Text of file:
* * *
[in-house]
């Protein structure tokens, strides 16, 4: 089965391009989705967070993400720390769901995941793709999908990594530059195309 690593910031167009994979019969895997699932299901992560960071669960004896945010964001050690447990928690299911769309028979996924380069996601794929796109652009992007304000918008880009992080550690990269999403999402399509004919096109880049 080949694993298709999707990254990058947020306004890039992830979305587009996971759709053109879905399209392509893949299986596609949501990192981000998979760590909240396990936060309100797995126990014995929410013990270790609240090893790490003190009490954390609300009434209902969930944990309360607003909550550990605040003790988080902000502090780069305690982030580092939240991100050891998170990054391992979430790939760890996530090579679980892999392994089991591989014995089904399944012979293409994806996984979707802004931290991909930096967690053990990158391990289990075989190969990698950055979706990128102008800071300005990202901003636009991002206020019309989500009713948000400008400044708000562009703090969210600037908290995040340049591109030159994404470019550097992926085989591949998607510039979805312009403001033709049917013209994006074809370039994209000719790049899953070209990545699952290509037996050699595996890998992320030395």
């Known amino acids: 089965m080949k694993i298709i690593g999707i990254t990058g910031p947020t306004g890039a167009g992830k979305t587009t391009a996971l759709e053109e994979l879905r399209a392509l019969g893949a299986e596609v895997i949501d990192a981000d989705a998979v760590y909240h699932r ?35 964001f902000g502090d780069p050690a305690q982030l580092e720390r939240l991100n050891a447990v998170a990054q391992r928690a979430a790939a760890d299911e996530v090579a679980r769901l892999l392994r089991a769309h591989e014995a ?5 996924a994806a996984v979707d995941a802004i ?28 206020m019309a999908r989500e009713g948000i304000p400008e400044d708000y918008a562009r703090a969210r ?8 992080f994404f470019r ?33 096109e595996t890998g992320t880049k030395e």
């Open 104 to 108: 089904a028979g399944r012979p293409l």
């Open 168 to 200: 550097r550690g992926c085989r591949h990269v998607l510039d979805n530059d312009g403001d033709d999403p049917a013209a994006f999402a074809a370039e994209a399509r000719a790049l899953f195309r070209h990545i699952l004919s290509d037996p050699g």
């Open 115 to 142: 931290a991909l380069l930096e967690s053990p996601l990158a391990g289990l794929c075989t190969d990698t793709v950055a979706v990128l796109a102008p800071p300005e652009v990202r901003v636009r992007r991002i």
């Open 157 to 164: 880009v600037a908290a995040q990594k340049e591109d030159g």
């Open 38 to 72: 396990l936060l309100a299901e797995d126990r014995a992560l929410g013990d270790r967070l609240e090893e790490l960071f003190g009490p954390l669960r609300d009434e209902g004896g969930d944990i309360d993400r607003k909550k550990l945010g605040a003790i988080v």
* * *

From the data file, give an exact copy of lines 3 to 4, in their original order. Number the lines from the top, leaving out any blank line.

């Known amino acids: 089965m080949k694993i298709i690593g999707i990254t990058g910031p947020t306004g890039a167009g992830k979305t587009t391009a996971l759709e053109e994979l879905r399209a392509l019969g893949a299986e596609v895997i949501d990192a981000d989705a998979v760590y909240h699932r ?35 964001f902000g502090d780069p050690a305690q982030l580092e720390r939240l991100n050891a447990v998170a990054q391992r928690a979430a790939a760890d299911e996530v090579a679980r769901l892999l392994r089991a769309h591989e014995a ?5 996924a994806a996984v979707d995941a802004i ?28 206020m019309a999908r989500e009713g948000i304000p400008e400044d708000y918008a562009r703090a969210r ?8 992080f994404f470019r ?33 096109e595996t890998g992320t880049k030395e």
């Open 104 to 108: 089904a028979g399944r012979p293409l």